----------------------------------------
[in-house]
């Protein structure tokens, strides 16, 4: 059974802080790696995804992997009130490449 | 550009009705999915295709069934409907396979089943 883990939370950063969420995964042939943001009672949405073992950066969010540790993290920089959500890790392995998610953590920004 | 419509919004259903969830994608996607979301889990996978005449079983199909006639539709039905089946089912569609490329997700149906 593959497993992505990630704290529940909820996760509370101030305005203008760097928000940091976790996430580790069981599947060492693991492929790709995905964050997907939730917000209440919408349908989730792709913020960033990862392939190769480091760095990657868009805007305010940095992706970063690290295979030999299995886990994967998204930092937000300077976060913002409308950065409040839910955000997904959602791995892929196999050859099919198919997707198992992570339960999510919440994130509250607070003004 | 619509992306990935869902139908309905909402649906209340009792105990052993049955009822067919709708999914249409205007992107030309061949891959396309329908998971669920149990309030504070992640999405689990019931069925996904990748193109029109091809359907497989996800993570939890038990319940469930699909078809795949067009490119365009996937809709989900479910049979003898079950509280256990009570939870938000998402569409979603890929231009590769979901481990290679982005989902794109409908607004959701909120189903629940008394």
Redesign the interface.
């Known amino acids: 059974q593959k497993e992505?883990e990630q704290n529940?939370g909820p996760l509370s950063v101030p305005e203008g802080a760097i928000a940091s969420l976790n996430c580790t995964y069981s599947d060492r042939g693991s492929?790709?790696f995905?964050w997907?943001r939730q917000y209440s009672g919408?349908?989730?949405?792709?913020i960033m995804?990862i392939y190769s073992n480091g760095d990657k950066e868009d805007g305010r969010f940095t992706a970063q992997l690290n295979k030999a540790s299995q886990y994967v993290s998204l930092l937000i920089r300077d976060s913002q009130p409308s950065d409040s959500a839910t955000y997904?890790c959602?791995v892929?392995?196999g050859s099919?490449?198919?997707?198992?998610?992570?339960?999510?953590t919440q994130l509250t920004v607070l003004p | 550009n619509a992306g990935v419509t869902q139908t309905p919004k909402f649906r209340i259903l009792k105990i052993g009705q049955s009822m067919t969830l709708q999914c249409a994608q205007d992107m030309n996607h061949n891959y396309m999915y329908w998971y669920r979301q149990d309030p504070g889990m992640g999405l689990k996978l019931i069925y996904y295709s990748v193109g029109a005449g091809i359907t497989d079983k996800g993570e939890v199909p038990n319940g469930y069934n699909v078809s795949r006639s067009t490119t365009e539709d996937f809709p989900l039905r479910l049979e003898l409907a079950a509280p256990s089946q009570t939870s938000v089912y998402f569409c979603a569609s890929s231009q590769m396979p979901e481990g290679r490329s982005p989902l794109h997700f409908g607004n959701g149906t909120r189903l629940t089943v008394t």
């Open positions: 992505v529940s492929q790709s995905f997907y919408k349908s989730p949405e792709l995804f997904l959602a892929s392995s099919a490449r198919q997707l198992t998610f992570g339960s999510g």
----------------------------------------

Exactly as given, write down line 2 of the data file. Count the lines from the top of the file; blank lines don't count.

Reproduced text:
């Protein structure tokens, strides 16, 4: 059974802080790696995804992997009130490449 | 550009009705999915295709069934409907396979089943 883990939370950063969420995964042939943001009672949405073992950066969010540790993290920089959500890790392995998610953590920004 | 419509919004259903969830994608996607979301889990996978005449079983199909006639539709039905089946089912569609490329997700149906 593959497993992505990630704290529940909820996760509370101030305005203008760097928000940091976790996430580790069981599947060492693991492929790709995905964050997907939730917000209440919408349908989730792709913020960033990862392939190769480091760095990657868009805007305010940095992706970063690290295979030999299995886990994967998204930092937000300077976060913002409308950065409040839910955000997904959602791995892929196999050859099919198919997707198992992570339960999510919440994130509250607070003004 | 619509992306990935869902139908309905909402649906209340009792105990052993049955009822067919709708999914249409205007992107030309061949891959396309329908998971669920149990309030504070992640999405689990019931069925996904990748193109029109091809359907497989996800993570939890038990319940469930699909078809795949067009490119365009996937809709989900479910049979003898079950509280256990009570939870938000998402569409979603890929231009590769979901481990290679982005989902794109409908607004959701909120189903629940008394």